A wide variety of cloud services are already available today, including personal productivity software, enterprise applications and niche software aimed at the apparel industry. The application or service is hosted and available on demand through a Web browser at any time, as long as the user has an Internet connection, and the user’s data is stored remotely by the host. Examples are any Internet-based mail service such as Gmail or Yahoo Mail, and Google Docs, which offers free spreadsheets, presentations, word processing and other office tools that can be accessed from anywhere on the fly and shared with anyone simply by typing in the person’s e-mail address. Social software such as YouTube, Twitter and Flickr are other examples.

More business-oriented applications include Salesforce.com (customer relationship management), Bill.com (accounts payable processing) and Workday (enterprise resource management). Examples specific to apparel and retail are Visuality (visual e-mail) and Fashionware Technologies Corp. (product life cycle management and sourcing).

In the area of POS alone, there are at least nine others beside ShopKeep, including KWI, MerchantOS and NetSuite, funded by Oracle ceo Larry Ellison. In addition to POS, NetSuite also offers a full suite of business software, including financials, CRM, inventory and e-commerce.

Government agencies and companies in industries such as banking and health care are already experimenting with cloud services.

At the National Retail Federation conference in New York last week, the association’s standards arm, ARTS, touted the idea, as did major companies such as IBM, which has published several white papers on the topic.

“The next industries to adopt cloud are likely to be retail, utilities, manufacturing and transportation as new cloud applications are developed and become available that address their ERP [enterprise resource planning], logistics and BI [business intelligence] needs,” the company said in one of its papers.

In the apparel world, it’s a cliché that multibillion-dollar businesses run on spreadsheets, and need to upgrade to enterprise software that anyone in the company can view. This is true, but now cloud software as simple as Google Docs or as enterprise-oriented as NetSuite can at least partially solve the problem more quickly and less expensively.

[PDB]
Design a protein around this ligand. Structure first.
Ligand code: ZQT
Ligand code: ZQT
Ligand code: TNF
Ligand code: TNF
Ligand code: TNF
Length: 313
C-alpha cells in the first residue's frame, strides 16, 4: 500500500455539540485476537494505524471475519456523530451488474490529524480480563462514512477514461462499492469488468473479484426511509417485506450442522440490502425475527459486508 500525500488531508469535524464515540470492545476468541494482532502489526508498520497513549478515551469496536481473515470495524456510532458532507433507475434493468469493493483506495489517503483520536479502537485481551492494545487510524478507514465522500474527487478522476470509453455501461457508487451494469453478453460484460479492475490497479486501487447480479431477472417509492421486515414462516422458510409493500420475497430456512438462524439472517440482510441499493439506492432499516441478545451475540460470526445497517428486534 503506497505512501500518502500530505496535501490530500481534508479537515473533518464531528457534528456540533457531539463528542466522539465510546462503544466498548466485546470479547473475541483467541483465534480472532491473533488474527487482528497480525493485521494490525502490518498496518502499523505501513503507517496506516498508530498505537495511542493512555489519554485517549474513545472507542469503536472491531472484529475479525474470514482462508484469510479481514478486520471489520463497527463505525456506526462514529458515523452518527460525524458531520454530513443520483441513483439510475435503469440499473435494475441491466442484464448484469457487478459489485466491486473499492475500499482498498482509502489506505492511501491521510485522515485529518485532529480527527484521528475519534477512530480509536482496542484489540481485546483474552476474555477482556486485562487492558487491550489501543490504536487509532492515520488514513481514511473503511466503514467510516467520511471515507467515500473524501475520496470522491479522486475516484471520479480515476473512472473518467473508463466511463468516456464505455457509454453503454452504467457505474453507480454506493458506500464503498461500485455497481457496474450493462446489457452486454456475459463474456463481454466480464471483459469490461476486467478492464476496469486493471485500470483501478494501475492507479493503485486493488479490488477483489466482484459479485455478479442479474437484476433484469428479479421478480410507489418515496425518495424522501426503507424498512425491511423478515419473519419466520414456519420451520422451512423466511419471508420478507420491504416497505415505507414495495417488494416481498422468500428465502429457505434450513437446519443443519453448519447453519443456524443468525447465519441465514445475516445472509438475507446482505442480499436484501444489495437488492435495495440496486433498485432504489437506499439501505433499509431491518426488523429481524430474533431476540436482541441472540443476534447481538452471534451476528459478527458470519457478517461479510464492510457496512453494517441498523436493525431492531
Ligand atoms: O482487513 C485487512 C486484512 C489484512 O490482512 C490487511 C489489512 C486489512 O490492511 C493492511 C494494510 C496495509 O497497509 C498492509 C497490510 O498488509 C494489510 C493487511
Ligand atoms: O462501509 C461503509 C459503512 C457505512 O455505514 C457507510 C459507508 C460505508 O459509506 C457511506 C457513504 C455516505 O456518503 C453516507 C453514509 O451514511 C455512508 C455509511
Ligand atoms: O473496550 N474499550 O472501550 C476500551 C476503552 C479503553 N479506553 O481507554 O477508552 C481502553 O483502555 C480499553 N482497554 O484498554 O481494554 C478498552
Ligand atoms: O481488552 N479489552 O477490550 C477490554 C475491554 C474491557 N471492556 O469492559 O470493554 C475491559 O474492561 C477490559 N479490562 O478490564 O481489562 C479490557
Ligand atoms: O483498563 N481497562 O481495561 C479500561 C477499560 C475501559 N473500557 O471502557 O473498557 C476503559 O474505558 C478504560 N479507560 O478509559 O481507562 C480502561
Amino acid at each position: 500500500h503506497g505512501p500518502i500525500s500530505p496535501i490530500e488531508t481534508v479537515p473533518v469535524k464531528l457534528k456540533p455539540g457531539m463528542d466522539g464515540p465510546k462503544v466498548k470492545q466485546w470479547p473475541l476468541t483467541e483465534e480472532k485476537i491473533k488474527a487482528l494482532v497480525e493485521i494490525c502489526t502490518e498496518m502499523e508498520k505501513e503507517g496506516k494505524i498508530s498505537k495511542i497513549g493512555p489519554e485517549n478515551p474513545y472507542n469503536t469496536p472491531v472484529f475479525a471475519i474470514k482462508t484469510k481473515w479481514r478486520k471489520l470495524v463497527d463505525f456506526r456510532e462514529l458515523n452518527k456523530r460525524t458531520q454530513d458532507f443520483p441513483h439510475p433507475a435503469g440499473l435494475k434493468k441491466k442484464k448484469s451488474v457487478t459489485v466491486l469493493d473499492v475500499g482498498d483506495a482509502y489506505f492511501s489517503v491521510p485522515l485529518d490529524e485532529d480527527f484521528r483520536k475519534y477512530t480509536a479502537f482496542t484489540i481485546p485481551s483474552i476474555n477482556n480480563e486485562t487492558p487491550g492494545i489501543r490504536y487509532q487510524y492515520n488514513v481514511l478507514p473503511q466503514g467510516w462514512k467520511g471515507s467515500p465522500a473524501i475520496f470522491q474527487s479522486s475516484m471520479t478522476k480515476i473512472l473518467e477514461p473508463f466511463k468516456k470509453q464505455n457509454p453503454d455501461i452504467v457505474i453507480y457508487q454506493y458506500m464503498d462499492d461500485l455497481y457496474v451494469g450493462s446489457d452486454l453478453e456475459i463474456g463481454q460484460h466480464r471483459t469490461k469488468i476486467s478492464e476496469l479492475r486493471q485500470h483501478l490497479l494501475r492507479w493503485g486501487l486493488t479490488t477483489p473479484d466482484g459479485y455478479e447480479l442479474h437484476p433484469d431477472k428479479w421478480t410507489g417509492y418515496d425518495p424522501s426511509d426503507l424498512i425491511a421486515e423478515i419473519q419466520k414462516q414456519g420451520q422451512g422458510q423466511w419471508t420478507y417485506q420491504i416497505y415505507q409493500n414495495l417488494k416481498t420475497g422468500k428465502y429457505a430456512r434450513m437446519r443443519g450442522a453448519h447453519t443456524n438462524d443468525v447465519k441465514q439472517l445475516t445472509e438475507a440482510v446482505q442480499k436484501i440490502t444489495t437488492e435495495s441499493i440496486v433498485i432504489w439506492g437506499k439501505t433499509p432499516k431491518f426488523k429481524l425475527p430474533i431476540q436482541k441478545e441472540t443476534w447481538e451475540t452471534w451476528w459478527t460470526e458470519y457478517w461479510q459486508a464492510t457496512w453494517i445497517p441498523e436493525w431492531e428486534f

Richelson said his two stores recently switched from Microsoft Office to Google Docs, partly because it can be accessed from anywhere.

Likewise, with ShopKeep, store owners can check store operations — and see how much cash is in the drawer — from anywhere at any time.

In a test of cloud computing for software development, IBM saved 65 percent on hardware, 27 percent on software and 45 percent on operations.

“Cloud computing is a massive trend in IT,” said Neeraj Agrawal of Battery Ventures at an NRF panel on the future of retail. “Broadly speaking, what’s disruptive is how much lowering the cost side will accelerate movement into the cloud and make it easy for retailers to try new things.”

“Cloud computing will reduce retailers’ need for IT staff,” said fellow panelist Howard Morgan of First Round Capital. “You don’t have to run a big data center 24-7. You can outsource a lot of the physical aspects of managing a data center to the cloud and focus on your mission-critical retail systems.”

Panel moderator Brett Hurt,founder and ceo of reviews company Bazaarvoice, likened cloud computing to the creation of the credit-card industry, which massively changed retail and how people purchased goods. “Cloud computing will create disruption in a lot of different areas for retailers, and it will be difficult to project and react to this,” he said.